Cedar Valley Arboretum & Botanic Gardens

What A Creep

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 I had an email earlier this week regarding Creeping Charlie removal … I’m no turf expert, but am happy to pass along a few basic management tips!

Creeping Charlie, Glechoma hederacea, is a ground ivy found in the mint family (so has square stems).  The perennial weed is very prolific by seed and also spreads by stolons*.  Creeping Charlie is a European native that was introduced to the United States by early settlers who thought it was a good groundcover for shade.

In some cases, hand removal is an easy solution.  When the ground ivy is taking over your turf, more drastic measures might be necessary.  When spraying, there are better times than others to attack.  Ideal time is fall, when the plants are preparing for winter and sending food to their roots (so chemical moves all through plant) and second best is in the spring when in bloom.  Weeds in general are more susceptible to chemical control when flowering.  Best application temperatures are in the 60 to 80 degrees range with no rain in the immediate forecast.  It is also best not to mow two days before and after application.  If the turf is severely infested, it might require more than one application.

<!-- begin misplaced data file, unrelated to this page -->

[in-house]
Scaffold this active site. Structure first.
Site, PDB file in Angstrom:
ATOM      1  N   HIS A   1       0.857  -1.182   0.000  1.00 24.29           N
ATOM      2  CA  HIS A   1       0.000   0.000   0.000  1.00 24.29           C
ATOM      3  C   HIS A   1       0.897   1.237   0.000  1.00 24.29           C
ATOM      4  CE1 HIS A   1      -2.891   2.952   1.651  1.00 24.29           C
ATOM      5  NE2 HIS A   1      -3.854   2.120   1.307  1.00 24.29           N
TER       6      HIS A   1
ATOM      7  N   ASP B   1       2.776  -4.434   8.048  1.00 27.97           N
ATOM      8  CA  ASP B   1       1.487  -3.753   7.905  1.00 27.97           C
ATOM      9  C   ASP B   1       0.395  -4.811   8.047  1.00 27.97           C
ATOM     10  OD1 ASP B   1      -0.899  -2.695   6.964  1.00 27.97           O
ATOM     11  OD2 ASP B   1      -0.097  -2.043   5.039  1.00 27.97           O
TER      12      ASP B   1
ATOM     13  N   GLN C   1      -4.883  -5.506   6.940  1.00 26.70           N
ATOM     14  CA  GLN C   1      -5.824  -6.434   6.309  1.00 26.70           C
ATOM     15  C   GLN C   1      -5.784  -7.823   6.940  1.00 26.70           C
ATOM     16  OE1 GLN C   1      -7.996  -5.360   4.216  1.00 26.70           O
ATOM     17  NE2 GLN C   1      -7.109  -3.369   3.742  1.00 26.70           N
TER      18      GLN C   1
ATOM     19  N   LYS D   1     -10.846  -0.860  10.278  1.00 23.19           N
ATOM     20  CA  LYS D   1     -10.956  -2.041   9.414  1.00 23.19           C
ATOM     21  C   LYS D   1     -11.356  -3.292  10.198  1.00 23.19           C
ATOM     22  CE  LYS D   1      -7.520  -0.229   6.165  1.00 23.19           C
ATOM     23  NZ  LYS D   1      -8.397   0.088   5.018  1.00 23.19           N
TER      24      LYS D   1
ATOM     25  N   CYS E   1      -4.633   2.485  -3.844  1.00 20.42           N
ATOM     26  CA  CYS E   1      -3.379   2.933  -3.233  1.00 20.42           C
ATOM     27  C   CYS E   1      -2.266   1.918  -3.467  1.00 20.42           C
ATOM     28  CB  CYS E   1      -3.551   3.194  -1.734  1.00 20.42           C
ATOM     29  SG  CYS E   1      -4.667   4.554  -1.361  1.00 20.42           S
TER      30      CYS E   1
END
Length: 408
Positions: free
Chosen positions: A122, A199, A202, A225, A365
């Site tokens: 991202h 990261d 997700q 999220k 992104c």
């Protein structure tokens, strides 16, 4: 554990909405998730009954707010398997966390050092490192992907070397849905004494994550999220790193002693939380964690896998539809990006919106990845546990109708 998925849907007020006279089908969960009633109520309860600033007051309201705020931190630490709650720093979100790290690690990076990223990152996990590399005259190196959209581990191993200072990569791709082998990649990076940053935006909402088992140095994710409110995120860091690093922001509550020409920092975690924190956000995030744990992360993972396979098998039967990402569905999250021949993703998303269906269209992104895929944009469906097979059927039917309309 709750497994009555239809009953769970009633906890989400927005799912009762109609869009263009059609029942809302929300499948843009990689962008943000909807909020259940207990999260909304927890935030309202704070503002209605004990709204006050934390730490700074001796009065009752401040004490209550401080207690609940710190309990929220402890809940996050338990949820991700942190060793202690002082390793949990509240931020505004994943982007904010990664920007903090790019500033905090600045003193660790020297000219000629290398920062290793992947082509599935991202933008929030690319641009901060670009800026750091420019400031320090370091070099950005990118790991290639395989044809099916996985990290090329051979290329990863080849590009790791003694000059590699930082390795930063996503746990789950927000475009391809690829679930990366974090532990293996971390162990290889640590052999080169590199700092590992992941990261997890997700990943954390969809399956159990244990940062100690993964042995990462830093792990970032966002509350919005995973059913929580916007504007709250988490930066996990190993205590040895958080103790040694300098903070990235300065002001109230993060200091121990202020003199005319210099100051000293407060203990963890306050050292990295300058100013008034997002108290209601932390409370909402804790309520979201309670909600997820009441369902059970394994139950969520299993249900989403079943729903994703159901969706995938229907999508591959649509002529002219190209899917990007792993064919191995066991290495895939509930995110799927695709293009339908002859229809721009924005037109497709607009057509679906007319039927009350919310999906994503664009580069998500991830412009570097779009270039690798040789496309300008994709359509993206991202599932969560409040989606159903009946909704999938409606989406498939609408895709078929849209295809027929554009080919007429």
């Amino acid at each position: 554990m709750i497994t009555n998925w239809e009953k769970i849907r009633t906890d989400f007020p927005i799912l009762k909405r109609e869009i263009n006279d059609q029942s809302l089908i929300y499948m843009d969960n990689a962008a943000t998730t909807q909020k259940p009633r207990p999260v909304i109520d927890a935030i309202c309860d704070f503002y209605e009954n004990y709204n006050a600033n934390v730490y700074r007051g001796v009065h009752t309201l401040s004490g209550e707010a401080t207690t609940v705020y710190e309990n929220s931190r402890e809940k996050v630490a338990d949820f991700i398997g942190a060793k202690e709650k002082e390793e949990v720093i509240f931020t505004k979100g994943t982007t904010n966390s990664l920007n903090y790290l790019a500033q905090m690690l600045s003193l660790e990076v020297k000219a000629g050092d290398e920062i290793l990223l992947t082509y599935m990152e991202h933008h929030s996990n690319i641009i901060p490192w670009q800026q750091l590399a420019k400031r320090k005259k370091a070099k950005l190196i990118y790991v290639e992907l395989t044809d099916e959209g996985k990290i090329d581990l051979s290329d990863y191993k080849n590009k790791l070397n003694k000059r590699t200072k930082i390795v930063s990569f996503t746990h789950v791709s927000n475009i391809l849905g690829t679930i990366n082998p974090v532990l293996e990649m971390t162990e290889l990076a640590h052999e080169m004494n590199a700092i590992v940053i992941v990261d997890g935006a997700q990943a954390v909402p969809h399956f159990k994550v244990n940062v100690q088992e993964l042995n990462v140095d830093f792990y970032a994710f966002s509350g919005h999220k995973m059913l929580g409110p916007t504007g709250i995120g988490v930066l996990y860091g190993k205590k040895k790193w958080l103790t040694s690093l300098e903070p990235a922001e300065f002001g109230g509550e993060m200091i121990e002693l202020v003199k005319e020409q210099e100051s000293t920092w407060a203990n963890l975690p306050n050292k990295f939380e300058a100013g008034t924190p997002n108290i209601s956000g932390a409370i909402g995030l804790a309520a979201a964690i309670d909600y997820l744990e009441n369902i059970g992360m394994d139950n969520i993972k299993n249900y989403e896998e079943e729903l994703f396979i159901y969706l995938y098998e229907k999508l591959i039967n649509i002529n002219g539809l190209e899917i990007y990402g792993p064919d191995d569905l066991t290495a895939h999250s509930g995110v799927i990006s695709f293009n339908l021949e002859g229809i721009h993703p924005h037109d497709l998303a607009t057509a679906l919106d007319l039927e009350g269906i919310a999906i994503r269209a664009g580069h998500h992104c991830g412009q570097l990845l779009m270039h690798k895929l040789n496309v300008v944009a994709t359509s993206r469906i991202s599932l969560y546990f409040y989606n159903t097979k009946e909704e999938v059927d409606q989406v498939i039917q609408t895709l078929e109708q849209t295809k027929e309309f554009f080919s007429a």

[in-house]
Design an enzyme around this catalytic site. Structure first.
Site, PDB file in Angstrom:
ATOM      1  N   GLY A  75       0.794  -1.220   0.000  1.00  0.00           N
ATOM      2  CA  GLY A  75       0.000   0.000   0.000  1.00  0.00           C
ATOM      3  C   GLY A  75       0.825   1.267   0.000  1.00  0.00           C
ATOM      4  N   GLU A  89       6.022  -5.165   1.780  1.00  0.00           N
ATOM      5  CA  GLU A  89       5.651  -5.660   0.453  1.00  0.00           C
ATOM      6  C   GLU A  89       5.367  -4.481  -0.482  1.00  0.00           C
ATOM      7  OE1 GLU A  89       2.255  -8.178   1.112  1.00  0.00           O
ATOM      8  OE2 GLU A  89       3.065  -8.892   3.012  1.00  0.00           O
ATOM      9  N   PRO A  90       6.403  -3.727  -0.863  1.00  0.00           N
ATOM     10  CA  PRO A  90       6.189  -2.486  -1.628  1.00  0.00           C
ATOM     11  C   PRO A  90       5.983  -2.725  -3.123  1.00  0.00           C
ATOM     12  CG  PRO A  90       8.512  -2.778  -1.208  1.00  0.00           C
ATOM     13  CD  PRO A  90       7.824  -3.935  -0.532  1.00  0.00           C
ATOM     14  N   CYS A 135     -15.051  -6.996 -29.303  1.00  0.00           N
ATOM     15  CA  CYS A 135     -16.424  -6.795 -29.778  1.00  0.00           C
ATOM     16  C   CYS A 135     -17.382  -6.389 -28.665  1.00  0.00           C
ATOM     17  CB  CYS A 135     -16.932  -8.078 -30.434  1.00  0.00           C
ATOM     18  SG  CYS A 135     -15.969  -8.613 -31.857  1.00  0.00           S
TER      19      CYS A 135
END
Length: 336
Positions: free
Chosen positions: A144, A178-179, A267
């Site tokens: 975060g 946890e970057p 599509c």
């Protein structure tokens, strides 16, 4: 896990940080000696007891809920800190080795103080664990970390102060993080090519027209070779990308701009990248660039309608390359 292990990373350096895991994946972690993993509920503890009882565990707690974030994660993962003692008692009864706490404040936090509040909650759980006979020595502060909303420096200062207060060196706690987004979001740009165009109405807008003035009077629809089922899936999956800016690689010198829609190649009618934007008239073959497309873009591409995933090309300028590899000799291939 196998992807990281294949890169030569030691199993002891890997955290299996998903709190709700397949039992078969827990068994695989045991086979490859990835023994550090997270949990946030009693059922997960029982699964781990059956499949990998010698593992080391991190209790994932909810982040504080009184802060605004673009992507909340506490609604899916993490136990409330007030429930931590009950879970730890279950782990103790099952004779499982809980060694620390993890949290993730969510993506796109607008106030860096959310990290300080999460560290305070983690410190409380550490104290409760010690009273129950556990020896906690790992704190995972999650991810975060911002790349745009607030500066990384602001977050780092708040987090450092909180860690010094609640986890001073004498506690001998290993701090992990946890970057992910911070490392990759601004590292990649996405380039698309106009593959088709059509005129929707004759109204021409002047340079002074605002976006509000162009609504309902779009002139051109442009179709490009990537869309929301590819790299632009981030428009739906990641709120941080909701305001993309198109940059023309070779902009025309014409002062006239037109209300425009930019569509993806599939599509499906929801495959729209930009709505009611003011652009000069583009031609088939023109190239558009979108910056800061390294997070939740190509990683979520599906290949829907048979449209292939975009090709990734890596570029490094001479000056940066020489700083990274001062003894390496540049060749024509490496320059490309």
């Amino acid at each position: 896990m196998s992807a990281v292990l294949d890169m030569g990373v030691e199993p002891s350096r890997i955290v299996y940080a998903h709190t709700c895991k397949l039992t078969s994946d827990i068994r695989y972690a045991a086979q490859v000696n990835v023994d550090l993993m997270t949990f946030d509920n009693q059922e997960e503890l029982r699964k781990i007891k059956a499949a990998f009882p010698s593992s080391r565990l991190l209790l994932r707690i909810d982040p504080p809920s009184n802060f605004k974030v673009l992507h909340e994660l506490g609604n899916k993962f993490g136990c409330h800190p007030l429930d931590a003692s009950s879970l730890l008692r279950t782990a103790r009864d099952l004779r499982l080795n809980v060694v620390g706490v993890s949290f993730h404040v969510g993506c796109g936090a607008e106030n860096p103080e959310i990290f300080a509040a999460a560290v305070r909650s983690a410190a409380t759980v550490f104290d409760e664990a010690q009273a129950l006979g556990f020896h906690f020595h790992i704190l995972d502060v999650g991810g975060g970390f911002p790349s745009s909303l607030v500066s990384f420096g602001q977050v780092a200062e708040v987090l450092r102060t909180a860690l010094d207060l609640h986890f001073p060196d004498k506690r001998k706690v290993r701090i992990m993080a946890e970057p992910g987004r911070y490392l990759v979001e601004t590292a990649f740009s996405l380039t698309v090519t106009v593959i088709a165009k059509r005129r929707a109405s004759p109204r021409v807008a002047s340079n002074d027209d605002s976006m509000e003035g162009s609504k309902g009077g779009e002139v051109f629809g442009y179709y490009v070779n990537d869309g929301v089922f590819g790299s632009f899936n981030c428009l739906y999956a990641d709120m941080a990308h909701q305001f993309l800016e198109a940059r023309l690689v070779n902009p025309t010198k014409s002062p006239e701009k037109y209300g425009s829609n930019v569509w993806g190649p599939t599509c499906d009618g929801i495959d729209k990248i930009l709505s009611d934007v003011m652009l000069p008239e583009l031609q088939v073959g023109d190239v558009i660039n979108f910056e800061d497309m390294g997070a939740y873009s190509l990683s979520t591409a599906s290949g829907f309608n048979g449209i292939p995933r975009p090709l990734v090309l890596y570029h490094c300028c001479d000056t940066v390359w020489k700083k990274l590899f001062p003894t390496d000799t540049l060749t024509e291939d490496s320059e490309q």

See you in the gardens.


* Stolons, also called ‘runners,’ are horizontal stems that root at the nodes.  Rhizomes are also horizontal stems, but are usually found under the soil surface.


Written by cedarvalleyarboretum

May 6, 2009 at 1:28 pm

Posted in Uncategorized

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